/// Extension method for <see cref="HtmlHelper"/> to support highlighting the active tab on the default MVC menu
/// </summary>
/// <param name="htmlHelper"></param>
/// <param name="linkText">The text to display in the link</param>
/// <param name="actionName">Link target action name</param>
/// <param name="controllerName">Link target controller name</param>
/// <param name="activeClass">The CSS class to apply to the link if active</param>
/// <param name="checkAction">If true, checks the current action name to determine if the menu item is 'active', otherwise only the controller name is matched</param>
/// <returns></returns>
public static MvcHtmlString MenuLink(this HtmlHelper htmlHelper, string linkText, string actionName, string controllerName, string activeClass, bool checkAction)
{
    string currentAction = htmlHelper.ViewContext.RouteData.GetRequiredString("action");
    string currentController = htmlHelper.ViewContext.RouteData.GetRequiredString("controller");

    if (string.Compare(controllerName, currentController, StringComparison.OrdinalIgnoreCase) == 0 && ((!checkAction) || string.Compare(actionName, currentAction, StringComparison.OrdinalIgnoreCase) == 0))
    {
        return htmlHelper.ActionLink(linkText, actionName, controllerName, null, new { @class = activeClass });
    }

    return htmlHelper.ActionLink(linkText, actionName, controllerName);
    
}

activeClass sets the CSS class name that will be applied, and setting checkAction to true applies the class only if the action name and controller name match.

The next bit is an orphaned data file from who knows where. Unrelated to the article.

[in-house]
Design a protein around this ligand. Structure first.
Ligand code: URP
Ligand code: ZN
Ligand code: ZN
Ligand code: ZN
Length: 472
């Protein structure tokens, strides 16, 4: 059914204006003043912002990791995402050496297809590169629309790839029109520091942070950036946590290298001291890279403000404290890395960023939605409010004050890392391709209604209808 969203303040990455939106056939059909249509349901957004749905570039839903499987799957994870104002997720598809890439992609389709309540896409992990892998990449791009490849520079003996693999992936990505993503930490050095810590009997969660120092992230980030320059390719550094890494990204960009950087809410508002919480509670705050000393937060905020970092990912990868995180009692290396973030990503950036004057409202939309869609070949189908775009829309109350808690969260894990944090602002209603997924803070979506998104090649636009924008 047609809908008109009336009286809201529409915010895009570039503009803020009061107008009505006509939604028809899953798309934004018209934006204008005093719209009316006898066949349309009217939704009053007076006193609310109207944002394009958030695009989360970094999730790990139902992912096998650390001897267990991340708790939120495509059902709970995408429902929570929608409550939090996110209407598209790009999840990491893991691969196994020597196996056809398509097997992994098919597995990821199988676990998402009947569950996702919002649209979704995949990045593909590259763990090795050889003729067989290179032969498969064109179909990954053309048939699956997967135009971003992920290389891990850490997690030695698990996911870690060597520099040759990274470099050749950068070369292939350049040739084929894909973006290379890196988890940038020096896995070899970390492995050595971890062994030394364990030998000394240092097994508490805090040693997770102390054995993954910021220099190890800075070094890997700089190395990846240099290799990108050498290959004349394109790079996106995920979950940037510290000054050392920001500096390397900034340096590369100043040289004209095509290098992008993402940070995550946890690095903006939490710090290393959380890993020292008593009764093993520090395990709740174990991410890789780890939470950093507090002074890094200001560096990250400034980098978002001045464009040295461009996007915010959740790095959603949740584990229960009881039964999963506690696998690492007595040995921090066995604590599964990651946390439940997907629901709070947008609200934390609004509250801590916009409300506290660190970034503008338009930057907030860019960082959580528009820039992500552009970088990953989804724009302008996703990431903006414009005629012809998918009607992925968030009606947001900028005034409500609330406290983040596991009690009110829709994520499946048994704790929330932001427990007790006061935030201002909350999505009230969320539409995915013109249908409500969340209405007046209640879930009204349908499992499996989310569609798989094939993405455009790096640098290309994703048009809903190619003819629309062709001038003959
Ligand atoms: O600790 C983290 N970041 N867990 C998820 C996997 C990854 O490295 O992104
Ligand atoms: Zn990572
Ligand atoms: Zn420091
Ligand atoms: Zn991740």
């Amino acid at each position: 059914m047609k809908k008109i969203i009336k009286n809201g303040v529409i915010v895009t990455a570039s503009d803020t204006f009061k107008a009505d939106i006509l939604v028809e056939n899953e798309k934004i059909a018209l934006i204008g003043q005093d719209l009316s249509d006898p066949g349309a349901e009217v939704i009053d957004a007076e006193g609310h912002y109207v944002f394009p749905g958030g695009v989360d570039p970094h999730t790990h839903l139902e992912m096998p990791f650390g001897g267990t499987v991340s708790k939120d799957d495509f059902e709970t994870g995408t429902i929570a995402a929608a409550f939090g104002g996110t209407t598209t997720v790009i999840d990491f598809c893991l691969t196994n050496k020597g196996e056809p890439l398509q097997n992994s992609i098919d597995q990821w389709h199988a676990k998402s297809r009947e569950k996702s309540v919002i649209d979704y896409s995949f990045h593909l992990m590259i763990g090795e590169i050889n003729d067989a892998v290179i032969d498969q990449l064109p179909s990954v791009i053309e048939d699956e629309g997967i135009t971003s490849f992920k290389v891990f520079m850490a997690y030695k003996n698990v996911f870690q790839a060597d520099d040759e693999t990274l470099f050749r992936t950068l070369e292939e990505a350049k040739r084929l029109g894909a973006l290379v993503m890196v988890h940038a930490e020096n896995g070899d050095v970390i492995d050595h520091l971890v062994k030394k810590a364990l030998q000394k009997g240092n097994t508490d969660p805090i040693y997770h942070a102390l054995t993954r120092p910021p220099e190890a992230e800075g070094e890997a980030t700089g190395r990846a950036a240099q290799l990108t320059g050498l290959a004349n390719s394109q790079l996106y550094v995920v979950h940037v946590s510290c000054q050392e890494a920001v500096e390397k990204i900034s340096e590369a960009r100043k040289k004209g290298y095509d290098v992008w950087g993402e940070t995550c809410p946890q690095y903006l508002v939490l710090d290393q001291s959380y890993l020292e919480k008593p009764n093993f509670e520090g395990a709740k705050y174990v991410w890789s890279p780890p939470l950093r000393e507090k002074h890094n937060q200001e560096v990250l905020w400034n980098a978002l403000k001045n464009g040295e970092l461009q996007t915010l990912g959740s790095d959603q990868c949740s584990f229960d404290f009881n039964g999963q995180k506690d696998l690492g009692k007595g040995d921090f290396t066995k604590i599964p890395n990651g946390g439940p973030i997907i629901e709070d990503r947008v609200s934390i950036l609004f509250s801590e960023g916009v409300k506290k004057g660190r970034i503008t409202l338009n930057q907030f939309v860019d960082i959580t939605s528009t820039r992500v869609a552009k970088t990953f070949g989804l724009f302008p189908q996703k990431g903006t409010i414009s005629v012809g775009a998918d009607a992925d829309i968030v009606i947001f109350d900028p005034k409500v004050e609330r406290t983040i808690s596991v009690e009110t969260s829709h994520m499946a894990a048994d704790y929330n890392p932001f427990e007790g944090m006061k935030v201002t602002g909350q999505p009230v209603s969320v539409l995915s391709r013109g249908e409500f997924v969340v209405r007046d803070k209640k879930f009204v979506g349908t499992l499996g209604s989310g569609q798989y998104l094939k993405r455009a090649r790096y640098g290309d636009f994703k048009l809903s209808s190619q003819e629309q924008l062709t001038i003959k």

So my in my _Layout.cshtml view, I changed all the Html.ActionLink calls to Html.MenuLink and added the active and checkAction parameters.

<nav>
    <ul id="menu">                        
        <li>@Html.MenuLink("Home", "Index", "Home", "active", true)</li>
        <li>@Html.MenuLink("About", "About", "Home", "active", true)</li>
        <li>@Html.MenuLink("Contact", "Contact", "Home", "active", true)</li>
        <li>@Html.MenuLink("Something Else", "Index", "Something", "active", false)</li>
    </ul>
</nav>   

The Home, About and Contact actions are all handled by the HomeController, and since they are distinct menu choices, we set checkAction to true. The Something Else option, on the other hand, should be highlighted anytime we hit an action on the SomethingController.

One final tweak was to add an overload to default the checkAction parameter to true.

public static MvcHtmlString MenuLink(this HtmlHelper htmlHelper, string linkText, string actionName, string controllerName, string activeClass)
{
    return MenuLink(htmlHelper, linkText, actionName, controllerName, activeClass, true);
}

And the updated view code:

<nav>
    <ul id="menu">                        
        <li>@Html.MenuLink("Home", "Index", "Home", "active")</li>
        <li>@Html.MenuLink("About", "About", "Home", "active")</li>
        <li>@Html.MenuLink("Contact", "Contact", "Home", "active")</li>
        <li>@Html.MenuLink("Something Else", "Index", "Something", "active", false)</li>
    </ul>
</nav>